Researchers now have evidence that healthy people metabolize some drugs in different ways depending on their microbial make-up.
To see whether a person’s microbiome affected how they metabolized drugs, [Computational biologist Leah Guthrie at the Albert Einstein College of Medicine in New York City] collected fecal samples from 20 healthy people [and] treated the samples with the chemotherapy drug irinotecan…The team found that 4 of the samples contained high levels of the toxic form of irinotecan, but found no significant differences between the bacterial species present in any of the samples.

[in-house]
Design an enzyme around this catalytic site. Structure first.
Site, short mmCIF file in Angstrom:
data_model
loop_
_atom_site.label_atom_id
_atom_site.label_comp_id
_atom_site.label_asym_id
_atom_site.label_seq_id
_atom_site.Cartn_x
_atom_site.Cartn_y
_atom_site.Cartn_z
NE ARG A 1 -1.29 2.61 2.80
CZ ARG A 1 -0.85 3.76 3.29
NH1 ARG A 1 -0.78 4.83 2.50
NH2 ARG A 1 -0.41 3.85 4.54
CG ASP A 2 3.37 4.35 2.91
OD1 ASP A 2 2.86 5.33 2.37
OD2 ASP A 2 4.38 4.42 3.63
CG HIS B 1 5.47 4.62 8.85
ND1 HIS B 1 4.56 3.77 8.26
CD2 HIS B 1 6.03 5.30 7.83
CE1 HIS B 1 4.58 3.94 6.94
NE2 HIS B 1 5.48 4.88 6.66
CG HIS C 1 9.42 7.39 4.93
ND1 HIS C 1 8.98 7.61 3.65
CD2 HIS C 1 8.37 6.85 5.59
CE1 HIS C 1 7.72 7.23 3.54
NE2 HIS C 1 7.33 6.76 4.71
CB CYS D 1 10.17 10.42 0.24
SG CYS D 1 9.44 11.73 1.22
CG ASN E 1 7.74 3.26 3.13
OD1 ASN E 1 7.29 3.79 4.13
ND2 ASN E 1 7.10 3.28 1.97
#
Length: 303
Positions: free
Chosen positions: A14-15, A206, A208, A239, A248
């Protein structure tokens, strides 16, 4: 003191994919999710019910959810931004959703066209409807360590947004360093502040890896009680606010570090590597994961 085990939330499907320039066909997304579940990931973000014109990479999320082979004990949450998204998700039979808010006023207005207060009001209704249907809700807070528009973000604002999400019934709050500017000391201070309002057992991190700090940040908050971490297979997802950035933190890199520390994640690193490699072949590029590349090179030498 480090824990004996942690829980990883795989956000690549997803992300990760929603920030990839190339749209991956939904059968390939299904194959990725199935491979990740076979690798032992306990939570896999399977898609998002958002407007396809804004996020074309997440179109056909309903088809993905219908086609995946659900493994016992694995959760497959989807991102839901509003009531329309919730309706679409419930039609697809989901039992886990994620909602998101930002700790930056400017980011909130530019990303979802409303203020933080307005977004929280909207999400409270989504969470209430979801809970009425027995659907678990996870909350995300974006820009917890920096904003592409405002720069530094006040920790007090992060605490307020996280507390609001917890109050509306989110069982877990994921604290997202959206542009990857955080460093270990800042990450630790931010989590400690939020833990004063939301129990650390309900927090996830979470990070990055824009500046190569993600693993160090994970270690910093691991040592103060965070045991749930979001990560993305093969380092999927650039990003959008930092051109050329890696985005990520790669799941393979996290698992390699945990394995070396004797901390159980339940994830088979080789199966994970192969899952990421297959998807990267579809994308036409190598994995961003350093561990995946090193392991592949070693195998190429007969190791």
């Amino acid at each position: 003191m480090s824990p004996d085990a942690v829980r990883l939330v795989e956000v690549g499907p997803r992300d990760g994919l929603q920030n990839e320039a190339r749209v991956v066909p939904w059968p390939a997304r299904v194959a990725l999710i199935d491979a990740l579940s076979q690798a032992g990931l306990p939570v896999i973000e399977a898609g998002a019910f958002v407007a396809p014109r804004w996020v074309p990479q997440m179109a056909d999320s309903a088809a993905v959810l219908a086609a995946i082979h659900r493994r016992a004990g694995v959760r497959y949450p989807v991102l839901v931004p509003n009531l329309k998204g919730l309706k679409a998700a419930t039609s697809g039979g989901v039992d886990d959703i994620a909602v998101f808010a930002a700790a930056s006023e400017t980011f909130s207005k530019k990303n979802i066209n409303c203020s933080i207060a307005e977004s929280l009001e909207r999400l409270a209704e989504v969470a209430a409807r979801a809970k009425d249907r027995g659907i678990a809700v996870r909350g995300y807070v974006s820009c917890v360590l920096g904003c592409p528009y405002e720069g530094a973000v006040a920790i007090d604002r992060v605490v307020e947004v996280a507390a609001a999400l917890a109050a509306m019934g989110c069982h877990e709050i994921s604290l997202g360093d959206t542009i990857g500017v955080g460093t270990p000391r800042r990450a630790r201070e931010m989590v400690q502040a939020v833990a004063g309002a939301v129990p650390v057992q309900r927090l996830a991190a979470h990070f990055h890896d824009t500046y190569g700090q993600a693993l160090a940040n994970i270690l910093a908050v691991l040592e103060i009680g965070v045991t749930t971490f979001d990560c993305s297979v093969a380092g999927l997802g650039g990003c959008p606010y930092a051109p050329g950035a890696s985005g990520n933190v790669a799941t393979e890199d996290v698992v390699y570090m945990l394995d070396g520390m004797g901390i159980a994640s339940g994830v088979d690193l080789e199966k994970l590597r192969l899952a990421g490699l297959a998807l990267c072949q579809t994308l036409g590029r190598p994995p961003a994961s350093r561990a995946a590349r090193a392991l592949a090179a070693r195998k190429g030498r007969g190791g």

When the researchers analysed the proteins produced in the fecal samples, they found that those from people with high bacterial metabolisms contained strains that made more β-glucuronidases[, which can modify the chemical structure of irinotecan and other drugs].
Researchers have identified dozens of examples of gut bacteria that seem to modify therapeutic drugs, including some that treat Parkinson’s disease and anxiety, says Emily Balskus, a biochemist at Harvard University in Cambridge, Massachusetts. She says that bacterial interference could also help to explain why animal models don’t always predict drug toxicity in humans, because animals contain different microbes.
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